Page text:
print(x, end=' ') prints 2 with a space, resulting in 2 (2 followed by a space).
The loop completes, and you'll see the final output on a single line as: 0 1 2 (with spaces between each number).

So, the loop iterates through the values 0, 1, and 2, and prints them on the same line with spaces between them.

Data Visualization with Python (Free Course)


What you'll learn

Apply Python, spreadsheets, and BI tooling proficiently to create visually compelling and interactive data visualizations.

Formulate and communicate data-driven insights and narratives through impactful visualizations and data storytelling.

Assess and select the most suitable visualization tools and techniques to address organizational data needs and objectives.

There are 4 modules in this course

In today's data-driven world, the ability to create compelling visualizations and tell impactful stories with data is a crucial skill. This comprehensive course will guide you through the process of visualization using coding tools with Python, spreadsheets, and BI (Business Intelligence) tooling. Whether you are a data analyst, a business professional, or an aspiring data storyteller, this course will provide you with the knowledge and best practices to excel in the art of visual storytelling.

Throughout the course, a consistent dataset will be used for exercises, enabling you to focus on mastering the visualization tools rather than getting caught up in the intricacies of the data. The emphasis is on practical application, allowing you to learn and practice the tools in a real-world context. To fully leverage the Python sections of this course, prior experience programming in Python is recommended. Additionally, a solid understanding of high-school level math is expected. Familiarity with the Pandas library will also be beneficial.

By the end of this course, you will possess the necessary skills to become a proficient data storyteller and visual communicator. With the ability to create compelling visualizations and leverage the appropriate tools, you will be well-equipped to navigate the world of data and make informed decisions that drive meaningful impact. 

JOIN Free - Data Visualization with Python

Wednesday 18 October 2023

Python Coding challenge - Day 43 | What is the output of the following Python code?


Solutions - 

You define a variable a and set it to the value 10.

a = 10

You have a while loop. The condition for this loop is a > 8, which means the loop will continue executing as long as a is greater than 8.

In the first iteration of the loop, a is indeed greater than 8 (it's 10), so the loop's code block will be executed.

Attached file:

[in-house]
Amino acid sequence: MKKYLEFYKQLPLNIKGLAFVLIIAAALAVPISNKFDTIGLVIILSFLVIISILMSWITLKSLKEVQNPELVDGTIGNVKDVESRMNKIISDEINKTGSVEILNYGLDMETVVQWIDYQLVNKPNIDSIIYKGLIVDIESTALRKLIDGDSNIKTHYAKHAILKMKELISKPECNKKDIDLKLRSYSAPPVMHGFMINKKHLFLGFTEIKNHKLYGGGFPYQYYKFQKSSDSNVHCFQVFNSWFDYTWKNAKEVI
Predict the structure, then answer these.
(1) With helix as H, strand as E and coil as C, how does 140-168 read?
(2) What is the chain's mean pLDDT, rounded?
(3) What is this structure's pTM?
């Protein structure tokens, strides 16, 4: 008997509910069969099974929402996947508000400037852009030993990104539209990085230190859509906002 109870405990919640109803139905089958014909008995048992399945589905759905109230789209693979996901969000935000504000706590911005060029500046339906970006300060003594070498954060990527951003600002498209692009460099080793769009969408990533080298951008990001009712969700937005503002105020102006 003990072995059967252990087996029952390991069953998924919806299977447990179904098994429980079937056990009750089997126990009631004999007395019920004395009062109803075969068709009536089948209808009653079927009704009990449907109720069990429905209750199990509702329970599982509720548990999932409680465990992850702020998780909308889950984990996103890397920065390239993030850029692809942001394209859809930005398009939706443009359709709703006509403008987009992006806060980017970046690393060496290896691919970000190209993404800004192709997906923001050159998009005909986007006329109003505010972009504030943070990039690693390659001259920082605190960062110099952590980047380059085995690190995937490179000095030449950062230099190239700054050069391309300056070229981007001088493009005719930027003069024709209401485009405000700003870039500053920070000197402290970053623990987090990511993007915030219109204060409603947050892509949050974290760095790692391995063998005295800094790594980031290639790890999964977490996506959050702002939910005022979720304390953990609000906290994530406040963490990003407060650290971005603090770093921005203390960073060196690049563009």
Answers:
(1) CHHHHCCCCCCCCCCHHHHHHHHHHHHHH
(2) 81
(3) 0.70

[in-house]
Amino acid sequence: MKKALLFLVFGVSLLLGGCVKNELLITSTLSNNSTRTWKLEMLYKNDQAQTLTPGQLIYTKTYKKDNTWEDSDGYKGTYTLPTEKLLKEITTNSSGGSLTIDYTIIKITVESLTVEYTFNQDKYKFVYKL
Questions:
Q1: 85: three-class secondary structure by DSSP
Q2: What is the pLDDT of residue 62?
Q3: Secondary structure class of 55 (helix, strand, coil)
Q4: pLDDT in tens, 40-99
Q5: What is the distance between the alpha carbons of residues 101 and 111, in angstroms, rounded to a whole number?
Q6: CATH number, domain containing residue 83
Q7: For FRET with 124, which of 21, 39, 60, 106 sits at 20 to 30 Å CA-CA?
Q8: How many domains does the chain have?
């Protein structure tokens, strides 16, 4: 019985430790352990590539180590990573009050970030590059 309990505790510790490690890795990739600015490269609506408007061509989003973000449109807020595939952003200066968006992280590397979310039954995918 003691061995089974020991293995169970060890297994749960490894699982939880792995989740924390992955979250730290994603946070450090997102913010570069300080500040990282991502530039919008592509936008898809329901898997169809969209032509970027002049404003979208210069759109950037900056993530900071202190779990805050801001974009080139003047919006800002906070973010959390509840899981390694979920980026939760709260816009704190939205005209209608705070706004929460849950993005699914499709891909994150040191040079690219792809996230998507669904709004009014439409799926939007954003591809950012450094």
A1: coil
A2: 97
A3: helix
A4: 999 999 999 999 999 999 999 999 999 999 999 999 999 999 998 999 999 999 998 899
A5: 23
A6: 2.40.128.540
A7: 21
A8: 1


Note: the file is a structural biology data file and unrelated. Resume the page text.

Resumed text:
Inside the loop, you print the current value of a using the print function. The end=' ' argument ensures that the values are printed with a space between them.

print(a, end=' ')

After printing the value of a, you decrement a by 1 using the expression a = a - 1. This reduces the value of a by 1 in each iteration, effectively counting down.

a = a - 1

The loop then returns to the condition a > 8. If the condition is still true (which it is as long as a is greater than 8), the loop continues to the next iteration. Steps 3 to 5 are repeated.

This process repeats until a is no longer greater than 8. When a becomes 8, the condition a > 8 is no longer true, and the loop terminates.

The output of this code will be the numbers from 10 down to 9, each separated by a space:

10 9

Once a reaches 8, the loop stops, and the program continues with any code that follows this loop.

Popular Posts


AI (27) Android (24) AngularJS (1) Assembly Language (2) aws (17) Azure (7) BI (10) book (4) Books (118) C (77) C# (12) C++ (82) Course (62) Coursera (180) Cybersecurity (22) data management (11) Data Science (95) Data Strucures (6) Deep Learning (9) Django (6) Downloads (3) edx (2) Engineering (14) Excel (13) Factorial (1) Finance (6) flutter (1) FPL (17) Google (19) Hadoop (3) HTML&CSS (46) IBM (25) IoT (1) IS (25) Java (92) Leet Code (4) Machine Learning (44) Meta (18) MICHIGAN (5) microsoft (4) Pandas (3) PHP (20) Projects (29) Python (753) Python Coding Challenge (230) Questions (2) R (70) React (6) Scripting (1) security (3) Selenium Webdriver (2) Software (17) SQL (40) UX Research (1) web application (8)


Person climbing a staircase. Learn Data Science from Scratch: online program with 21 courses